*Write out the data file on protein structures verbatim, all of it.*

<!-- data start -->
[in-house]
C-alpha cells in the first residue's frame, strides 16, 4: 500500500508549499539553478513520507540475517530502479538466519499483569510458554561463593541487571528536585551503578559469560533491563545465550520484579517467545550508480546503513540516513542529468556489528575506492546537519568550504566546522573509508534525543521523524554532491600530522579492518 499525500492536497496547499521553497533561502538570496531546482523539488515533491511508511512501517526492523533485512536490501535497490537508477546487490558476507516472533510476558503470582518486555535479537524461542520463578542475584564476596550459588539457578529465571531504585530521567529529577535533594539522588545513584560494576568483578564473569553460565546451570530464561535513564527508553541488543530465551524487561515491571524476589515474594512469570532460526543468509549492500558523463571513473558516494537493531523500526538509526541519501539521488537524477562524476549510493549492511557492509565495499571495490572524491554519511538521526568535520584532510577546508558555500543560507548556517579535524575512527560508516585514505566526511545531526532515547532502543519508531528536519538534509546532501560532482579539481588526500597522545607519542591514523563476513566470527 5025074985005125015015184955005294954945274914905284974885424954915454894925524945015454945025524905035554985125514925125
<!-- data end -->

[in-house]
C-alpha cells in the first residue's frame, strides 16, 4: 500500500508549499539553478513520507540475517530502479538466519499483569510458554561463593541487571528536585551503578559469560533491563545465550520484579517467545550508480546503513540516513542529468556489528575506492546537519568550504566546522573509508534525543521523524554532491600530522579492518 499525500492536497496547499521553497533561502538570496531546482523539488515533491511508511512501517526492523533485512536490501535497490537508477546487490558476507516472533510476558503470582518486555535479537524461542520463578542475584564476596550459588539457578529465571531504585530521567529529577535533594539522588545513584560494576568483578564473569553460565546451570530464561535513564527508553541488543530465551524487561515491571524476589515474594512469570532460526543468509549492500558523463571513473558516494537493531523500526538509526541519501539521488537524477562524476549510493549492511557492509565495499571495490572524491554519511538521526568535520584532510577546508558555500543560507548556517579535524575512527560508516585514505566526511545531526532515547532502543519508531528536519538534509546532501560532482579539481588526500597522545607519542591514523563476513566470527 5025074985005125015015184955005294954945274914905284974885424954915454894925524945015454945025524905035554985125514925125